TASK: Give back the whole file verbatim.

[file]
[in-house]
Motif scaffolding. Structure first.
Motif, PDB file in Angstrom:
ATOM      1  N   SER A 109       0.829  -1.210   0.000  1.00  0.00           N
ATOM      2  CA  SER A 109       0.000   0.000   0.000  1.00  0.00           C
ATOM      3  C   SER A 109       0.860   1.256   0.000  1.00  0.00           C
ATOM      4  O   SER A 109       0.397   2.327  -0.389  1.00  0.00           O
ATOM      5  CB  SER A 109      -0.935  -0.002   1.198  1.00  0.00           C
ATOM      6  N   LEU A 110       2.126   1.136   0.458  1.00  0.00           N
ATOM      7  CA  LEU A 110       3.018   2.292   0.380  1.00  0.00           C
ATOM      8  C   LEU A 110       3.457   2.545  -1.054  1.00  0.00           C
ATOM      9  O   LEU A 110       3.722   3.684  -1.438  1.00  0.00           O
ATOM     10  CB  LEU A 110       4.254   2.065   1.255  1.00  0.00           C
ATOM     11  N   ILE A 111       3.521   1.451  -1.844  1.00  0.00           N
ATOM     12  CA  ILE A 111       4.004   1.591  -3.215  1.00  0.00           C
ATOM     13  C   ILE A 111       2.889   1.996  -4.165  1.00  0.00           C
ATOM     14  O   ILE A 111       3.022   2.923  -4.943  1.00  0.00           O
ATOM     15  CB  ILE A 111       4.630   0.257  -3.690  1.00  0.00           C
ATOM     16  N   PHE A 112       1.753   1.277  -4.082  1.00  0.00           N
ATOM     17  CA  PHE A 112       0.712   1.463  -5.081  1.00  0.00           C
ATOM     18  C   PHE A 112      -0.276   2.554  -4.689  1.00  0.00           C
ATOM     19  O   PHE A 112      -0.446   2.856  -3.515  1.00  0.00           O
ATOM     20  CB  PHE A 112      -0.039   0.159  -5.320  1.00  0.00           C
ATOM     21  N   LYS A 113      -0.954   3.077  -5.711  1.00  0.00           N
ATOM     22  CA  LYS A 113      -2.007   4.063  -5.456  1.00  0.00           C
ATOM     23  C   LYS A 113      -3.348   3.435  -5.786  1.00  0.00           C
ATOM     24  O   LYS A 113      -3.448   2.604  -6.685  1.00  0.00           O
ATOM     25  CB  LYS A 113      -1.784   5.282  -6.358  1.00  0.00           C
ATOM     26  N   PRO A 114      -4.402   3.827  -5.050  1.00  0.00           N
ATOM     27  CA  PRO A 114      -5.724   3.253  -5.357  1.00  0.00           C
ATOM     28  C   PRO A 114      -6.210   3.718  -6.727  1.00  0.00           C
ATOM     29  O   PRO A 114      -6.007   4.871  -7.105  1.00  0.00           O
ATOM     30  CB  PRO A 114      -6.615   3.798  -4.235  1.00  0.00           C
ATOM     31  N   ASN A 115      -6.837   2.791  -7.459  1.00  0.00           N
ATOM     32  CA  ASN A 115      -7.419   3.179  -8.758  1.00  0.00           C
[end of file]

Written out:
[in-house]
Motif scaffolding. Structure first.
Motif, PDB file in Angstrom:
ATOM      1  N   SER A 109       0.829  -1.210   0.000  1.00  0.00           N
ATOM      2  CA  SER A 109       0.000   0.000   0.000  1.00  0.00           C
ATOM      3  C   SER A 109       0.860   1.256   0.000  1.00  0.00           C
ATOM      4  O   SER A 109       0.397   2.327  -0.389  1.00  0.00           O
ATOM      5  CB  SER A 109      -0.935  -0.002   1.198  1.00  0.00           C
ATOM      6  N   LEU A 110       2.126   1.136   0.458  1.00  0.00           N
ATOM      7  CA  LEU A 110       3.018   2.292   0.380  1.00  0.00           C
ATOM      8  C   LEU A 110       3.457   2.545  -1.054  1.00  0.00           C
ATOM      9  O   LEU A 110       3.722   3.684  -1.438  1.00  0.00           O
ATOM     10  CB  LEU A 110       4.254   2.065   1.255  1.00  0.00           C
ATOM     11  N   ILE A 111       3.521   1.451  -1.844  1.00  0.00           N
ATOM     12  CA  ILE A 111       4.004   1.591  -3.215  1.00  0.00           C
ATOM     13  C   ILE A 111       2.889   1.996  -4.165  1.00  0.00           C
ATOM     14  O   ILE A 111       3.022   2.923  -4.943  1.00  0.00           O
ATOM     15  CB  ILE A 111       4.630   0.257  -3.690  1.00  0.00           C
ATOM     16  N   PHE A 112       1.753   1.277  -4.082  1.00  0.00           N
ATOM     17  CA  PHE A 112       0.712   1.463  -5.081  1.00  0.00           C
ATOM     18  C   PHE A 112      -0.276   2.554  -4.689  1.00  0.00           C
ATOM     19  O   PHE A 112      -0.446   2.856  -3.515  1.00  0.00           O
ATOM     20  CB  PHE A 112      -0.039   0.159  -5.320  1.00  0.00           C
ATOM     21  N   LYS A 113      -0.954   3.077  -5.711  1.00  0.00           N
ATOM     22  CA  LYS A 113      -2.007   4.063  -5.456  1.00  0.00           C
ATOM     23  C   LYS A 113      -3.348   3.435  -5.786  1.00  0.00           C
ATOM     24  O   LYS A 113      -3.448   2.604  -6.685  1.00  0.00           O
ATOM     25  CB  LYS A 113      -1.784   5.282  -6.358  1.00  0.00           C
ATOM     26  N   PRO A 114      -4.402   3.827  -5.050  1.00  0.00           N
ATOM     27  CA  PRO A 114      -5.724   3.253  -5.357  1.00  0.00           C
ATOM     28  C   PRO A 114      -6.210   3.718  -6.727  1.00  0.00           C
ATOM     29  O   PRO A 114      -6.007   4.871  -7.105  1.00  0.00           O
ATOM     30  CB  PRO A 114      -6.615   3.798  -4.235  1.00  0.00           C
ATOM     31  N   ASN A 115      -6.837   2.791  -7.459  1.00  0.00           N
ATOM     32  CA  ASN A 115      -7.419   3.179  -8.758  1.00  0.00           C